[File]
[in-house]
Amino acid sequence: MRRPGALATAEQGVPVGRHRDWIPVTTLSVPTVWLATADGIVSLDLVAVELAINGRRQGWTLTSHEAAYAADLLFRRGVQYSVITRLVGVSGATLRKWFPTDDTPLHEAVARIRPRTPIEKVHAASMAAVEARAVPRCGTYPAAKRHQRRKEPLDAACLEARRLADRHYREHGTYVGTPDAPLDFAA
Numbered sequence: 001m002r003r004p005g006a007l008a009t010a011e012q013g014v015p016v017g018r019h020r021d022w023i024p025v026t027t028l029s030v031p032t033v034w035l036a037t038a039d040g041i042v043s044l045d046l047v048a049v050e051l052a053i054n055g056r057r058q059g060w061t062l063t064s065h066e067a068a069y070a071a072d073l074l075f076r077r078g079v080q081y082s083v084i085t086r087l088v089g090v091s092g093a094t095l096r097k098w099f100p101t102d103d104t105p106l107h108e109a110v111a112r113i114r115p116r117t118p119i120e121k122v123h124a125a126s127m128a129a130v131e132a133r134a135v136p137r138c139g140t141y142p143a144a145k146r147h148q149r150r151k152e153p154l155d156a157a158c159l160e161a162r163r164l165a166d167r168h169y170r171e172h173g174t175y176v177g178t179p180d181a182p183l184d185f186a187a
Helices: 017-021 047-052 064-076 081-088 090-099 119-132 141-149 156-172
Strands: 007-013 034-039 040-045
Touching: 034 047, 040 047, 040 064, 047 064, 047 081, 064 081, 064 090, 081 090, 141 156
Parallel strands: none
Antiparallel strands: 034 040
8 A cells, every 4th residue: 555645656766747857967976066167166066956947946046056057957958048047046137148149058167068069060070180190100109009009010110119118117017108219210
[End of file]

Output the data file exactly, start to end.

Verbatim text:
[in-house]
Amino acid sequence: MRRPGALATAEQGVPVGRHRDWIPVTTLSVPTVWLATADGIVSLDLVAVELAINGRRQGWTLTSHEAAYAADLLFRRGVQYSVITRLVGVSGATLRKWFPTDDTPLHEAVARIRPRTPIEKVHAASMAAVEARAVPRCGTYPAAKRHQRRKEPLDAACLEARRLADRHYREHGTYVGTPDAPLDFAA
Numbered sequence: 001m002r003r004p005g006a007l008a009t010a011e012q013g014v015p016v017g018r019h020r021d022w023i024p025v026t027t028l029s030v031p032t033v034w035l036a037t038a039d040g041i042v043s044l045d046l047v048a049v050e051l052a053i054n055g056r057r058q059g060w061t062l063t064s065h066e067a068a069y070a071a072d073l074l075f076r077r078g079v080q081y082s083v084i085t086r087l088v089g090v091s092g093a094t095l096r097k098w099f100p101t102d103d104t105p106l107h108e109a110v111a112r113i114r115p116r117t118p119i120e121k122v123h124a125a126s127m128a129a130v131e132a133r134a135v136p137r138c139g140t141y142p143a144a145k146r147h148q149r150r151k152e153p154l155d156a157a158c159l160e161a162r163r164l165a166d167r168h169y170r171e172h173g174t175y176v177g178t179p180d181a182p183l184d185f186a187a
Helices: 017-021 047-052 064-076 081-088 090-099 119-132 141-149 156-172
Strands: 007-013 034-039 040-045
Touching: 034 047, 040 047, 040 064, 047 064, 047 081, 064 081, 064 090, 081 090, 141 156
Parallel strands: none
Antiparallel strands: 034 040
8 A cells, every 4th residue: 555645656766747857967976066167166066956947946046056057957958048047046137148149058167068069060070180190100109009009010110119118117017108219210